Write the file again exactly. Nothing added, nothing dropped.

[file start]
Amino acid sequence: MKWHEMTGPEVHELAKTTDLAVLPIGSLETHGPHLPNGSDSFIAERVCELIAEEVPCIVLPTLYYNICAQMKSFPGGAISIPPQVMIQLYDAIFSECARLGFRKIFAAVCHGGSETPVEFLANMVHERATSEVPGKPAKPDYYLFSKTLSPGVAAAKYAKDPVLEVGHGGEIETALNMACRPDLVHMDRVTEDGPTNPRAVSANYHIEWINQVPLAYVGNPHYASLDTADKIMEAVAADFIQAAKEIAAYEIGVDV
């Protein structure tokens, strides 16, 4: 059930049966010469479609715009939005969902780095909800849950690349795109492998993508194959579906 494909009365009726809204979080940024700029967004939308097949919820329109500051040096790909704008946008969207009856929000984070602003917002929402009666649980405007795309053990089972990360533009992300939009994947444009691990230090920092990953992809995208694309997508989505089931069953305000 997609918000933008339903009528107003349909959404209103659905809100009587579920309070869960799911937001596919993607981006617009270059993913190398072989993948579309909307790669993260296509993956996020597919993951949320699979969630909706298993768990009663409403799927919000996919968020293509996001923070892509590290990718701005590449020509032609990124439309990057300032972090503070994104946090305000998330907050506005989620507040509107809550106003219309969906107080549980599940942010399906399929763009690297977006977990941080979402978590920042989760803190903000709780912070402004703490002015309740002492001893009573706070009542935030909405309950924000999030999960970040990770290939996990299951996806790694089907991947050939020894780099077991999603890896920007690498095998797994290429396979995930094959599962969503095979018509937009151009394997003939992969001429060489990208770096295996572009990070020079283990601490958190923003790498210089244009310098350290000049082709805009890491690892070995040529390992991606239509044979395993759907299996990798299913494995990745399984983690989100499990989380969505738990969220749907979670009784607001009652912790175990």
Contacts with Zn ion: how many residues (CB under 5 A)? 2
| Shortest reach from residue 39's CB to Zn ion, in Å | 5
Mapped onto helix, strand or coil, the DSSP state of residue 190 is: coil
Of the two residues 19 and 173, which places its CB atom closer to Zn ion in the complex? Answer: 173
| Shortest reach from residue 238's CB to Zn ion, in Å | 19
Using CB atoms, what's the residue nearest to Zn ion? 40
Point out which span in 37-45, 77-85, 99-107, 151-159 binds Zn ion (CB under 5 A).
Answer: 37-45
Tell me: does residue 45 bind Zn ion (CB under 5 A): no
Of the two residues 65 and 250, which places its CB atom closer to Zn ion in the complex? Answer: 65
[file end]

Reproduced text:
Amino acid sequence: MKWHEMTGPEVHELAKTTDLAVLPIGSLETHGPHLPNGSDSFIAERVCELIAEEVPCIVLPTLYYNICAQMKSFPGGAISIPPQVMIQLYDAIFSECARLGFRKIFAAVCHGGSETPVEFLANMVHERATSEVPGKPAKPDYYLFSKTLSPGVAAAKYAKDPVLEVGHGGEIETALNMACRPDLVHMDRVTEDGPTNPRAVSANYHIEWINQVPLAYVGNPHYASLDTADKIMEAVAADFIQAAKEIAAYEIGVDV
């Protein structure tokens, strides 16, 4: 059930049966010469479609715009939005969902780095909800849950690349795109492998993508194959579906 494909009365009726809204979080940024700029967004939308097949919820329109500051040096790909704008946008969207009856929000984070602003917002929402009666649980405007795309053990089972990360533009992300939009994947444009691990230090920092990953992809995208694309997508989505089931069953305000 997609918000933008339903009528107003349909959404209103659905809100009587579920309070869960799911937001596919993607981006617009270059993913190398072989993948579309909307790669993260296509993956996020597919993951949320699979969630909706298993768990009663409403799927919000996919968020293509996001923070892509590290990718701005590449020509032609990124439309990057300032972090503070994104946090305000998330907050506005989620507040509107809550106003219309969906107080549980599940942010399906399929763009690297977006977990941080979402978590920042989760803190903000709780912070402004703490002015309740002492001893009573706070009542935030909405309950924000999030999960970040990770290939996990299951996806790694089907991947050939020894780099077991999603890896920007690498095998797994290429396979995930094959599962969503095979018509937009151009394997003939992969001429060489990208770096295996572009990070020079283990601490958190923003790498210089244009310098350290000049082709805009890491690892070995040529390992991606239509044979395993759907299996990798299913494995990745399984983690989100499990989380969505738990969220749907979670009784607001009652912790175990």
Contacts with Zn ion: how many residues (CB under 5 A)? 2
| Shortest reach from residue 39's CB to Zn ion, in Å | 5
Mapped onto helix, strand or coil, the DSSP state of residue 190 is: coil
Of the two residues 19 and 173, which places its CB atom closer to Zn ion in the complex? Answer: 173
| Shortest reach from residue 238's CB to Zn ion, in Å | 19
Using CB atoms, what's the residue nearest to Zn ion? 40
Point out which span in 37-45, 77-85, 99-107, 151-159 binds Zn ion (CB under 5 A).
Answer: 37-45
Tell me: does residue 45 bind Zn ion (CB under 5 A): no
Of the two residues 65 and 250, which places its CB atom closer to Zn ion in the complex? Answer: 65